It is great to be in America, the beacon of liberty, the land of the free, the land where people are still allowed to speak freely. I know what I am talking about. I was acquitted after a legal ordeal that lasted almost three years. I had been brought to court for criticizing Islam.

Though at the end of the day I was acquitted, the court case was a disgrace. It was a time, money, and energy-consuming nightmare. This charade that happened in the Netherlands for the last few years could not have happened in your great country, where the First Amendment guarantees people the freedom to express their opinions.

The First Amendment is what we need in the Netherlands and Europe.

I am in New York for the release of my book Marked for Death. It reveals how Islam has already profoundly changed Europe in the last decades. It exposes the cultural relativism which has affected Europe so deeply that many in Europe refuse to stand for liberty and prefer to appease Islam. It explains why Islam is a threat to freedom.

As you know, people who speak out like me pay a steep price for speaking these truths. Apart from legal attempts to silence me, there are also the threats by radical Muslims to kill me. I have been living under permanent police protection for almost eight years now. But I do not regret one word. I see it as my duty to warn the West.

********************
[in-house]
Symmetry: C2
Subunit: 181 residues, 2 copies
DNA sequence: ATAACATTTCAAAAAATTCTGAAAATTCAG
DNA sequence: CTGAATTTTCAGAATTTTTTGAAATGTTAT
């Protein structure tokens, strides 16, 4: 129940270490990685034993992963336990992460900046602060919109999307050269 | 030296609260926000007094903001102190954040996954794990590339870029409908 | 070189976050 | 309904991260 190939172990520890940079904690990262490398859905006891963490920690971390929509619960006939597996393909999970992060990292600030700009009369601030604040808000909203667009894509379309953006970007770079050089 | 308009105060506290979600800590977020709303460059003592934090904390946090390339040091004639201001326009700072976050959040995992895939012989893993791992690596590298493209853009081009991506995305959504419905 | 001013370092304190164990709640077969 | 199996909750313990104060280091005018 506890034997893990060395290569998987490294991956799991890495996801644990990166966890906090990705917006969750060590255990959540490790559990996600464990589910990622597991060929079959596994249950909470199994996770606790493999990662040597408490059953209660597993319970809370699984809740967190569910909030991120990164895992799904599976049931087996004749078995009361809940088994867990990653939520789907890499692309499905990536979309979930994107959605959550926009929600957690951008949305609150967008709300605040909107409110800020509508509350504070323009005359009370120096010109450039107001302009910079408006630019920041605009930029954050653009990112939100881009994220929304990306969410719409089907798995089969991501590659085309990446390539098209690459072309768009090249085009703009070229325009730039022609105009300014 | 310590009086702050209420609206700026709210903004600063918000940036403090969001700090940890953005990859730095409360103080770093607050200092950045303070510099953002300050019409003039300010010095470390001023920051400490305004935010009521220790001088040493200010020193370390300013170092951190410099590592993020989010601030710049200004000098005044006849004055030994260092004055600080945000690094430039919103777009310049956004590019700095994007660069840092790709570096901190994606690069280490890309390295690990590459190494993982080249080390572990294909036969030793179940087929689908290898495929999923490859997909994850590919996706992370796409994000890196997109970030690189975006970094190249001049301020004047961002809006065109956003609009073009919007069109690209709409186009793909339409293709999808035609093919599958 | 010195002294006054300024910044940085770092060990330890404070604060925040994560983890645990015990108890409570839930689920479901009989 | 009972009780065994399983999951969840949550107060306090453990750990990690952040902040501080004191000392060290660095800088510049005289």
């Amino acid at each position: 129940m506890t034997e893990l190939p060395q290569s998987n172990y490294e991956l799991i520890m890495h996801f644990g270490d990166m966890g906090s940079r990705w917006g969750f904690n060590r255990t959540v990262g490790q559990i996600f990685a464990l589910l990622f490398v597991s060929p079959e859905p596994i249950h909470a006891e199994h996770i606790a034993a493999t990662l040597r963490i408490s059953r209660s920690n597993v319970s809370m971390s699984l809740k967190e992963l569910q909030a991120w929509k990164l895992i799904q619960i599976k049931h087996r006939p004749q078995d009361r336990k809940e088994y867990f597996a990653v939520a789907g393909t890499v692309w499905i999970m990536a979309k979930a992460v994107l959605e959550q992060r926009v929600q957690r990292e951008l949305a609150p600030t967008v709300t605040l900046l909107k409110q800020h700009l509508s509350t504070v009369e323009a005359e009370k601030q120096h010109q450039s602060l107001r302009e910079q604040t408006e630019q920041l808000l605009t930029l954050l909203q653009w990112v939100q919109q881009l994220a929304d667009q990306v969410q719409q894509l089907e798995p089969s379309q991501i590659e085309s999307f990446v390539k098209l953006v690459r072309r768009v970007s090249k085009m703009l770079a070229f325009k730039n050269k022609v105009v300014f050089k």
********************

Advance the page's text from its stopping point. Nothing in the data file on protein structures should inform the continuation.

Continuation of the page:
I have traveled widely in the Islamic world. I have read the Koran. I have studied the life of Muhammad. It made me realize that Islam is primarily an ideology rather than a religion. This ideology wants to impose Islamic sharia law on the whole world, including us the Kafirs, the non-Muslims. This ideology is also outspokenly anti-Semitic.

This ideology also harms Muslims. Islam believes that everything men have to know can be found in the Koran. As such, it is hostile to all forms of innovation. But without innovation there can be no progress and people cannot prosper.

Many people unfortunately are blind to the nature of Islam because they do not realize what Islam is, and mistakenly believe that it is a religion just like any other religion.

I have written my book to inform them.

Islam fails four major tests that religions should fulfill:

1. Adherence to a religion must be a personal choice;
2. no religion should demand that those who leave it be killed; this makes it a totalitarian ideology rather than a religion.
3. a religion must never mandate the subjugation of those who do not belong to it;
4. a religion must be in accord with basic human rights.